Reality set in for workers at interactive-television companies last week, as a drain in the capital markets, slow deployments and a stock-market slide sparked dozens of layoffs at several players in the sector.

WorldGate Communications Inc. cut 60 employees or 20 percent of its workforce last Wednesday, the day its stock hit a 52-week low of $2.90. The next day, video-on-demand and digital ad-insertion vendor nCUBE slashed about 50 jobs, or 17 percent of its 280-employee work force.

Days earlier, interactive advertising company RespondTV Inc. and television-commerce player Commerce.TV Corp. announced major layoffs. RespondTV handed pink slips to 25 percent of its staff, after letting another 25 percent go in February. Commerce.TV cut 30 employees, after canning about 30 staffers in December.

"It's something we did to trim down our costs, given the challenges in the current capital market," said Commerce.TV CEO Matt Kay. "I think investors are putting a lot of pressures on companies like ours to reduce spending."

Ironically, the Commerce.TV cuts came just about one month after it signed its first big cable-distribution deal, with Adelphia Communications Corp. Kay wouldn't comment when asked how much cash the privately held company had left, or how long it could continue to operate.

The fate of most ITV players is tied to how quickly cable operators deploy digital set-tops, and how much MSOs are willing to spend on interactive television — a nascent industry with unproven business models. RespondTV CEO David Kaiser maintained the outlook for his company is good, but spending cuts by MSOs have made an impact.

"It's not an economy where the capital budgets of the operators who are deploying set-top boxes is in good shape, so we're just responding to the market," said Kaiser, whose company has a single distribution deal with AT&T Broadband.

AT&T plans to deploy RespondTV's interactive- advertising platform through advanced digital set-tops from Motorola Inc. The MSO has said it will conduct trials of the advanced digital set-tops this year, but the company hasn't announced plans for a commercial rollout.

WorldGate — the only publicly traded ITV company involved in the recent layoffs — has watched its market capitalization plummet by 85 percent, from $459 million in October 1999 to $66.8 million at last Wednesday's market close.

The company's stock closed at $34 on April 15, 1999, the day of its initial public offering. It soared above $50 that year and made millionaires of several employees who cashed in at much-higher levels, including CEO Hal Krisbergh.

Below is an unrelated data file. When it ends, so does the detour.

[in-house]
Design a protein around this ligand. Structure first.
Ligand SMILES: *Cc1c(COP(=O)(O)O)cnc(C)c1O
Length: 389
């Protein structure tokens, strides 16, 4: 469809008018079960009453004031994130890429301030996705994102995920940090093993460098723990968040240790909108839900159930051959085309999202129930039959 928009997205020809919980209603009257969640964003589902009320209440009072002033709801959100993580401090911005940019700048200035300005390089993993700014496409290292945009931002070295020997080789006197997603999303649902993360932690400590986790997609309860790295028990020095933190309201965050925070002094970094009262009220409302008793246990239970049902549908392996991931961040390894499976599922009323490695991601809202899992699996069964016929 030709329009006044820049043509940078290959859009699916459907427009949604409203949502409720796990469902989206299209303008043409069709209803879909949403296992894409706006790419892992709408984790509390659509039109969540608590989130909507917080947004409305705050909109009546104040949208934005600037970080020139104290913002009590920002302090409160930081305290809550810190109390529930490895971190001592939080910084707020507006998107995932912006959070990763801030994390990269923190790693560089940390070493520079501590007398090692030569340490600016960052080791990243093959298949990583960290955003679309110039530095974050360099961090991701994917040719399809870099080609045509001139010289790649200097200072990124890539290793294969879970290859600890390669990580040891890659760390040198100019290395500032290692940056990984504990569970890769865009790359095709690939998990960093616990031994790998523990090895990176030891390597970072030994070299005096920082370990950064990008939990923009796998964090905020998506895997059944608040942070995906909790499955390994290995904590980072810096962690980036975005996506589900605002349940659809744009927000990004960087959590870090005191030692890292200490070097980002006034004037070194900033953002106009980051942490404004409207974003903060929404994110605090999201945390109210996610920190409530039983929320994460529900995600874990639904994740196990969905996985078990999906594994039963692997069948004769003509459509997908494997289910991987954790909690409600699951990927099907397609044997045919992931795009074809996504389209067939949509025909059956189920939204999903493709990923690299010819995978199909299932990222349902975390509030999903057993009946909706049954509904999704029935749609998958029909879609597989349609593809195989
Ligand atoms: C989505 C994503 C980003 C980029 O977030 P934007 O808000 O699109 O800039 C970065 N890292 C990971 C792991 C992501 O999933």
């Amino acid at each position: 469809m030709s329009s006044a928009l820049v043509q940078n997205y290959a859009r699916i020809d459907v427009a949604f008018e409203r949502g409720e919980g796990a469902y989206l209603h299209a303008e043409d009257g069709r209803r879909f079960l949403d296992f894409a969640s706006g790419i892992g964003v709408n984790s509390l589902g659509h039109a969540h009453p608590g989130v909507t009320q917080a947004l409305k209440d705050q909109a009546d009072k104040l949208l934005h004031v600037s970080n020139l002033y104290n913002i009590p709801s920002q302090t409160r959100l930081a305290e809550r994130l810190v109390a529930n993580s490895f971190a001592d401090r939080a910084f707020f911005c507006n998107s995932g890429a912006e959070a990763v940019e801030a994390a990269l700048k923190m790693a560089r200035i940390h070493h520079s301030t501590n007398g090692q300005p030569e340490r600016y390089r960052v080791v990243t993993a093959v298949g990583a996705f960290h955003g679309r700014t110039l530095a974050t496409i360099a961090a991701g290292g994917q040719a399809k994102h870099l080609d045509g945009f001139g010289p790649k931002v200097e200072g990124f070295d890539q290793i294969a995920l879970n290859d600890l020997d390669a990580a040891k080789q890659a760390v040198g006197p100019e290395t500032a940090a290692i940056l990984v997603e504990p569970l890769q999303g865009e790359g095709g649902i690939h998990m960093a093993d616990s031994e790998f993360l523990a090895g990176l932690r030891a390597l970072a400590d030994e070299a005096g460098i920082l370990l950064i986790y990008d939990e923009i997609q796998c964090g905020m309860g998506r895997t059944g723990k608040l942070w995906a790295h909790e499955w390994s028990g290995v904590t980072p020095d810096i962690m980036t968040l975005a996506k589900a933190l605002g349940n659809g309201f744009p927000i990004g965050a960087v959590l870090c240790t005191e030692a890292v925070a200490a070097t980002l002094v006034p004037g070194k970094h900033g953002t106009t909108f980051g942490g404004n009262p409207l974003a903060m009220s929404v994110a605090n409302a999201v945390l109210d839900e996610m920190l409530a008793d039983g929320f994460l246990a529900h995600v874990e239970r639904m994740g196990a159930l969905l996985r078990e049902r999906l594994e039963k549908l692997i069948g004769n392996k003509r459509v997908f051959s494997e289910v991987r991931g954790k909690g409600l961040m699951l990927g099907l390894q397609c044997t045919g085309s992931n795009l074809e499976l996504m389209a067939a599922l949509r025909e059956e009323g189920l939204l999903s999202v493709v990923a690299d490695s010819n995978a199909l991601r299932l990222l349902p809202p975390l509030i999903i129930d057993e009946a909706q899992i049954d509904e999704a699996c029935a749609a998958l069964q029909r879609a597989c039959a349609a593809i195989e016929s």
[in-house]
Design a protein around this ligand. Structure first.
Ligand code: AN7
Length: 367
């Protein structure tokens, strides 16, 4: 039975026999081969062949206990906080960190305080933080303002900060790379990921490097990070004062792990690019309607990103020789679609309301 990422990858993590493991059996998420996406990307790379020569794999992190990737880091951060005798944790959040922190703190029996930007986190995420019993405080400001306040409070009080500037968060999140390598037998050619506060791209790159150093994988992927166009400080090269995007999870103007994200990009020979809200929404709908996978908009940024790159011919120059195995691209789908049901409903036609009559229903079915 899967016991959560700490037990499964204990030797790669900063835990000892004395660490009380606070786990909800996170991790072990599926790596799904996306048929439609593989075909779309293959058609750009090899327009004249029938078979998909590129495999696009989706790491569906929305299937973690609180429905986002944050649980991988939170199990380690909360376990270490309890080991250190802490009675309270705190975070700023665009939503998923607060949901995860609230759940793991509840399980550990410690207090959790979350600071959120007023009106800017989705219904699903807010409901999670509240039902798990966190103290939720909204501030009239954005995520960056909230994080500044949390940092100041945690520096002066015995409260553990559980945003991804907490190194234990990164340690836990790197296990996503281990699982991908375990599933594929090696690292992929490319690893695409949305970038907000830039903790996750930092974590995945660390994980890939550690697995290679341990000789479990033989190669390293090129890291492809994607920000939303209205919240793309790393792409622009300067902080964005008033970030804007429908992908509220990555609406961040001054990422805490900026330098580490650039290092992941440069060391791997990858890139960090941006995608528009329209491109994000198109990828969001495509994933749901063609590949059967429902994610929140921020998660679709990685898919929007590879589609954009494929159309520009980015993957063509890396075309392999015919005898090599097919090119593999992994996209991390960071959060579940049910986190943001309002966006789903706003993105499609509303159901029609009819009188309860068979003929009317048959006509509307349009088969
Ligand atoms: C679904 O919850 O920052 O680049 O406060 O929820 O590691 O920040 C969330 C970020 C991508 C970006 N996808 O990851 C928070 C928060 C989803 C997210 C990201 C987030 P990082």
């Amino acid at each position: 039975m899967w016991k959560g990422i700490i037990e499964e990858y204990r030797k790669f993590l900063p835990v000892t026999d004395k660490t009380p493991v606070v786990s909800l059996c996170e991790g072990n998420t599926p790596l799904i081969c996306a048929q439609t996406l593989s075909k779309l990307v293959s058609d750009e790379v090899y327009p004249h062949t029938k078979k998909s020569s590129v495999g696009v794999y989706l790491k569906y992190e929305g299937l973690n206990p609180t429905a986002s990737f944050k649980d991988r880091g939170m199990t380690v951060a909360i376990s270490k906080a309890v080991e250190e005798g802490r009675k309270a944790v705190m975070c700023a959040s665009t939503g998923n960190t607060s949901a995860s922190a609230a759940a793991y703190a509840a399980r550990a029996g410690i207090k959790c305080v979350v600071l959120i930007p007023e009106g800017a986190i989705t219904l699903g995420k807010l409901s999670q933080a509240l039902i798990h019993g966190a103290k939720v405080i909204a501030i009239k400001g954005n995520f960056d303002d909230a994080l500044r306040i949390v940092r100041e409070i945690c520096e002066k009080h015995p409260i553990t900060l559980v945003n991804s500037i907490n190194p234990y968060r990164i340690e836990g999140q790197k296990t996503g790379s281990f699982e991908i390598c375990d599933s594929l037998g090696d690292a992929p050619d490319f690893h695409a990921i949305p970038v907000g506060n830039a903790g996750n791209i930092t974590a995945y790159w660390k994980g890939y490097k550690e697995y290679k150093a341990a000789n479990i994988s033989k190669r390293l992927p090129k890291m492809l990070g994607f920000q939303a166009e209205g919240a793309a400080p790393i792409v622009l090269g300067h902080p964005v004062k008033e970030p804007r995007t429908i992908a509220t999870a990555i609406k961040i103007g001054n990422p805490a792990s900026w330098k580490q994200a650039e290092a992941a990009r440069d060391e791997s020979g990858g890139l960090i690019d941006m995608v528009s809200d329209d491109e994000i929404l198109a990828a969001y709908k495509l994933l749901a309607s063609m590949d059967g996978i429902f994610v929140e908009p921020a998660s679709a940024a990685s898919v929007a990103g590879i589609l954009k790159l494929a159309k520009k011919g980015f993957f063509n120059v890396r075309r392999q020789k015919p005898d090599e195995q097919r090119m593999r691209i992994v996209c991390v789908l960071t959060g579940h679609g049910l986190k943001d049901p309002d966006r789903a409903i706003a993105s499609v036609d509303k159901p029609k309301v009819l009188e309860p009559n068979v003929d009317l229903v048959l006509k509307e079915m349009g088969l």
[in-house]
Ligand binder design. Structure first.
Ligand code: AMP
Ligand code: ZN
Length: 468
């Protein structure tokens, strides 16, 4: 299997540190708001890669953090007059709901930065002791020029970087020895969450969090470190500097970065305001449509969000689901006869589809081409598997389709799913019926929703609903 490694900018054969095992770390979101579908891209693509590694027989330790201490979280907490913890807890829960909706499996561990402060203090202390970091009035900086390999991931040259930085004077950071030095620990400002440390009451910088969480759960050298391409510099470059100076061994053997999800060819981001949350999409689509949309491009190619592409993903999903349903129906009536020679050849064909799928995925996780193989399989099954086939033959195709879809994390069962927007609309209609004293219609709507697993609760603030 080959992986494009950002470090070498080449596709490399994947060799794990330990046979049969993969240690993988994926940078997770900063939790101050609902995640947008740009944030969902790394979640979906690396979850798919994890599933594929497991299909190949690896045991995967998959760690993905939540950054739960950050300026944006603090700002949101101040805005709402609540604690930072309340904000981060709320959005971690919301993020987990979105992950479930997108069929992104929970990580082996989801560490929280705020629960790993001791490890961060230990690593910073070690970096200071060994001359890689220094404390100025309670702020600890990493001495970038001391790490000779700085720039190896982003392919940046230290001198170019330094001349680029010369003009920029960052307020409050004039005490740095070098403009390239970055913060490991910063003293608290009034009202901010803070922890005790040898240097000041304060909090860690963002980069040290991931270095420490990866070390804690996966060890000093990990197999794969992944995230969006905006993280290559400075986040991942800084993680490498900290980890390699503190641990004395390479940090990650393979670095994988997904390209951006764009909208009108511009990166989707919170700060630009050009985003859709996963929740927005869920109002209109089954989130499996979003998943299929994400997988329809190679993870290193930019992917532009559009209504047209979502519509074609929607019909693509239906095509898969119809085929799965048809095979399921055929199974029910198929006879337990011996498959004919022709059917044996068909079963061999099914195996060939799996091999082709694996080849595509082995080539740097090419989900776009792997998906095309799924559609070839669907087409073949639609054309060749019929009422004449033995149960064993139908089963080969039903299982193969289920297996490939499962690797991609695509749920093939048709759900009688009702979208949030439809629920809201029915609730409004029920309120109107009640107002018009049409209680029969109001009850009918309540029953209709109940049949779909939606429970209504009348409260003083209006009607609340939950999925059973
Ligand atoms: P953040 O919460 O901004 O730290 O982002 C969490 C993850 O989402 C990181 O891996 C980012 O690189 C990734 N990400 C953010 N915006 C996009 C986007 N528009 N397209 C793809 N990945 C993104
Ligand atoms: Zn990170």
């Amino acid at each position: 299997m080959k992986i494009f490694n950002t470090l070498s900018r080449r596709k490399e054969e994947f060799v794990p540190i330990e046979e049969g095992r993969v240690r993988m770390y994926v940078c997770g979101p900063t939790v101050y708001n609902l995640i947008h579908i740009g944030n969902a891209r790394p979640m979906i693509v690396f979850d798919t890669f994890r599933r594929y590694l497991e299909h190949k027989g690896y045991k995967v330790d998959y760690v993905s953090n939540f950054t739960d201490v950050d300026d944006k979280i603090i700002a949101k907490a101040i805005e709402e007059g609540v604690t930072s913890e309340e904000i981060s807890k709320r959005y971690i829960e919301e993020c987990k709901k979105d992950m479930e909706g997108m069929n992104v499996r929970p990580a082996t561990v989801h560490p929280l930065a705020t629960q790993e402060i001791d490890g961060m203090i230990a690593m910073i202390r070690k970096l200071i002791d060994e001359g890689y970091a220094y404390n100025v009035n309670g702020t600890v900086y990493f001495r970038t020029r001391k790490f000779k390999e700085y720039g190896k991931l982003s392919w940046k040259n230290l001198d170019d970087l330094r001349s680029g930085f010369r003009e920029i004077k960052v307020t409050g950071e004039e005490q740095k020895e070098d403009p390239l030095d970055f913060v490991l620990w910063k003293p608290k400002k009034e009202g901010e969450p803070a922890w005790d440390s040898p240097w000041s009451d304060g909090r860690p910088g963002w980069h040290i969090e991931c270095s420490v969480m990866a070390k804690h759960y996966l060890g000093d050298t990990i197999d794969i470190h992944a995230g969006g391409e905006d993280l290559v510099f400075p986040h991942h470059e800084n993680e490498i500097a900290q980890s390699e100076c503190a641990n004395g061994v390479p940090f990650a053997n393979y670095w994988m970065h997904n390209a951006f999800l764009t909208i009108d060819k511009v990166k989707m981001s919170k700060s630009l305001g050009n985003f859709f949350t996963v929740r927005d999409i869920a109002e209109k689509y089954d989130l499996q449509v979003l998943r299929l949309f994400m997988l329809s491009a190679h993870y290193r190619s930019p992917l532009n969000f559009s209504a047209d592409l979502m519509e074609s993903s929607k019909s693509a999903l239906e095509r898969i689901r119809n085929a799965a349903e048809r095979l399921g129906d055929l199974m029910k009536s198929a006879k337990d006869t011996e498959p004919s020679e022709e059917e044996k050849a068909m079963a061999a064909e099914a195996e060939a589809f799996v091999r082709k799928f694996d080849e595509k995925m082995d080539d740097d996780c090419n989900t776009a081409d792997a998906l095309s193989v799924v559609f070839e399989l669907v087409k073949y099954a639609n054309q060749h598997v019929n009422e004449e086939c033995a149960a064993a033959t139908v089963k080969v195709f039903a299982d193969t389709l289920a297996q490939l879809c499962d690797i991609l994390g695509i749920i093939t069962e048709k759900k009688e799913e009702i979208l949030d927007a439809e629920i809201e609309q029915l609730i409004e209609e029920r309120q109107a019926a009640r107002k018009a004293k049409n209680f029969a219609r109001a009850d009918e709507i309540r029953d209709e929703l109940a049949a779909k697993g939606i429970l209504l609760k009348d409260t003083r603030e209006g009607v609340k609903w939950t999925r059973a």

Now, the company has just $46 million in cash left in the bank. Krisbergh said that's enough to continue operations for another 18 months.

Krisbergh said the company must cut 60 employees across the board in order to live up to a promise he made to Wall Street. The company would reach cash-flow break even in 2002, Krisbergh had vowed.

"We had committed to the financial community, or felt comfortable in our recent guidance, that we would reach cash breakeven with no need to get more money from the capital markets," Krisbergh said. "Of course, that didn't provide any cushion."

WorldGate expects the cuts will eliminate $10 million per year from its balance sheet, Krisbergh said.

The layoffs are WorldGate's first staff reduction since the company was established in 1996, Krisbergh said. In the last year, before the cuts, WorldGate doubled in size to 320 employees, he added.

The cuts at nCUBE will come from both its ad-insertion and VOD divisions, a company official said.

"We, like any company, are going to be prudent, and we're going to adjust appropriately for the economic times," said nCUBE president Michael Pohl. The company's cost cutting moves won't "gore" nCUBE's business so deeply that it won't be prepared to react quickly when network service operator spending levels improve, he added.

"Granted, the traditional VOD business is not what we thought it would be earlier this year, so we will adjust appropriately for that," Pohl said. Despite criticism that VOD is deployments are moving along slower than expected, nCUBE "has a robust business" in that area, he said.

For 2000, nCUBE said it generated $17.4 million in residential VOD revenue. The company's latest VOD deal came from Kingston Communications, a U.K.-based service provider that plans to roll out the service via asynchronous digital subscriber lines.

As the stocks of most publicly traded ITV companies hit the basement last week, UBS Warburg analyst Tom Eagan pounced on them, initiating coverage on seven companies and slapping a buy or strong buy rating on five firms.

Gemstar-TV Guide International Inc., which hit a 52-week low of $20.25 last Wednesday, received a strong buy rating from Eagan. The stock surged on Thursday, closing at $28.50.

He also assigned a strong buy rating to Wink Communications Inc. But Wink's stock didn't budge on the news, closing flat on Thursday at $3.06.

Amid the massive layoffs at its ITV competitors, Wink took a not-so-subtle shot at the competition on Thursday, sending out a press release touting the fact that it's still hiring.

"Wink Communications continues to grow staff," read the headline on the press release, which said Wink has hired 15 people this year, and is still looking to fill several positions.

Eagan issued buy ratings on VOD vendor SeaChange International Inc., WorldGate and OpenTV Corp. He placed a hold rating on Liberate Technologies Inc. and TiVo Inc.

Jeff Baumgartner contributed to this story.